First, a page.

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34 Comments

  1. GBJames
    Posted September 12, 2016 at 11:22 am | Permalink

    sub

  2. ThyroidPlanet
    Posted September 12, 2016 at 11:38 am | Permalink

    “Biblical scholar” : n. An Individual who reads numerous books which are all about one book.

    • gravelinspector-Aidan
      Posted September 12, 2016 at 1:32 pm | Permalink

      reads numerous books which are all about one book.

      Anything in preference to reading the original book.

      • GBJames
        Posted September 12, 2016 at 1:51 pm | Permalink

        By some definitions of the word “original”.

  3. Posted September 12, 2016 at 11:54 am | Permalink

    The way some liberal believers explained away the “died for a metaphor” worry was that a literal Adam and Eve are not needed because the story is about recognizing that life requires death, or something. Hence *all* life “sins”. Why humans alone get the savior guy (who is just someone who recognized this or something), dunno.

    • gravelinspector-Aidan
      Posted September 12, 2016 at 1:38 pm | Permalink

      Why humans alone get the savior guy (who is just someone who recognized this or something), dunno.

      Because “G*d” is a human, not a small furry creature from Alpha Centauri.
      Jeebus may not have died for your sins (most of the doubt being about whether or not he existed, with some about what “sin” is), but Giordano Bruno certainly did die for this particular sin.

  4. CJColucci
    Posted September 12, 2016 at 11:56 am | Permalink

    When I was a believer, I had real trouble with the doctrine of original sin. Now that I’m not, it’s one of the few doctrines I grew up with that I don’t have a problem with. Metaphorical Adama and Eve = We’re All Bozos on This Bus. (HT to the Firesign Theater)

    • GBJames
      Posted September 12, 2016 at 12:18 pm | Permalink

      Hand me the pliers.

      • JohnH
        Posted September 12, 2016 at 12:54 pm | Permalink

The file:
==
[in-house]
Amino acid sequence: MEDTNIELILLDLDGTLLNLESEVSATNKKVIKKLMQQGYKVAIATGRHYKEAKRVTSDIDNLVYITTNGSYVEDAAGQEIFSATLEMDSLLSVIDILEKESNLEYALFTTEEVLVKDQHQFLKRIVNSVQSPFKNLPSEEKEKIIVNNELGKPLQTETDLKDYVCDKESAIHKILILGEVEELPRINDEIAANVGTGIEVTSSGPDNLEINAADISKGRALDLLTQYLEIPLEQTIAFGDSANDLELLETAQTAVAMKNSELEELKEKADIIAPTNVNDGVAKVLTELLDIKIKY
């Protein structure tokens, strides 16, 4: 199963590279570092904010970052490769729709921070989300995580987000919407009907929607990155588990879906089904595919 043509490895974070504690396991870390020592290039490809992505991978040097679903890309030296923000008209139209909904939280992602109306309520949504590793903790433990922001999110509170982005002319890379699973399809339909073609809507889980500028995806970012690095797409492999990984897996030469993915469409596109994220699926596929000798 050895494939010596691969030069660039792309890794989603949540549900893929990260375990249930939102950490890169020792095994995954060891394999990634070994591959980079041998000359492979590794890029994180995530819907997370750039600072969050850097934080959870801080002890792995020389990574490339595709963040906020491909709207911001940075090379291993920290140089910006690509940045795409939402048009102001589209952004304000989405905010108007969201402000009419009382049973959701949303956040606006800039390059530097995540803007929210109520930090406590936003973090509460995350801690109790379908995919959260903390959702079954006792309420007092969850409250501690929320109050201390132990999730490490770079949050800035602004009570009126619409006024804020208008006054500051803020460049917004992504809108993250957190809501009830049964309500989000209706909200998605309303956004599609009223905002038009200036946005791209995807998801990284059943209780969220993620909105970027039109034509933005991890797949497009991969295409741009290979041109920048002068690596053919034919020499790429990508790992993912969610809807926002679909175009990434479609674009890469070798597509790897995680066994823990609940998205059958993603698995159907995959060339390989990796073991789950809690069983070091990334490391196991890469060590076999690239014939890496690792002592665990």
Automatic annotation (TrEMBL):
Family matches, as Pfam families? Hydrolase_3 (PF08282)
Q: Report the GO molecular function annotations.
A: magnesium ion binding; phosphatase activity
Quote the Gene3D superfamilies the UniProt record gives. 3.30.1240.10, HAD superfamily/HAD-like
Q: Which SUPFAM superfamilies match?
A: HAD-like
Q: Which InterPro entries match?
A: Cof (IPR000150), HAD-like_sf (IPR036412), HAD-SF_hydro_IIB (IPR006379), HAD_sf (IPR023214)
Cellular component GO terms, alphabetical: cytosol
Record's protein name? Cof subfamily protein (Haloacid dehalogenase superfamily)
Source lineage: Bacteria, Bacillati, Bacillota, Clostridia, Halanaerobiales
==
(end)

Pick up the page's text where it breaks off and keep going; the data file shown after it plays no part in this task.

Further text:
Don’t crush that dwarf

        • GBJames
          Posted September 12, 2016 at 1:00 pm | Permalink

          Today, we are celebrating at the Powerhouse Church of the Presumptuous Assumption of the Blinding Light.

          • JohnH
            Posted September 12, 2016 at 1:10 pm | Permalink

            How can you be in two places at once when you’re not anywhere at all – an apt description of the Templeton Foundation.

            • GBJames
              Posted September 12, 2016 at 1:12 pm | Permalink

              Indeed. And let that be today’s message from the Department of Redundancy Department.

              • Robert Bray
                Posted September 12, 2016 at 1:26 pm | Permalink

                . . . and the Natural Guard.

  5. Heather Hastie
    Posted September 12, 2016 at 12:13 pm | Permalink

    Once again it seems that it’s not possible to retain both a link with Templeton and intellectual integrity.

    I recently cut ties with the Cultural Evolution Society because I realized they were no different from all the others when they announced last week they were going to apply for a Templeton grant. I also discovered certain people whose motives I don’t trust were involved at a senior level.

  6. Ken Kukec
    Posted September 12, 2016 at 12:22 pm | Permalink

    Adam, in that painting by Cranach the Elder, better watch out for the junk under his fig-leaf around those antlers, elsewise he won’t be multiplying Eve’s sorrow and conception by propagating little Cains and Ables and Seths across the veldt east of Eden.

    • gravelinspector-Aidan
      Posted September 12, 2016 at 1:42 pm | Permalink

      Interesting symbolism there. Deer being a highly polygamous species. And the two fawns are extremely unlikely to be twins (does that ever happen in cervids?), so Mr Horn has been playing away from the monogamous bed.

  7. Posted September 12, 2016 at 12:31 pm | Permalink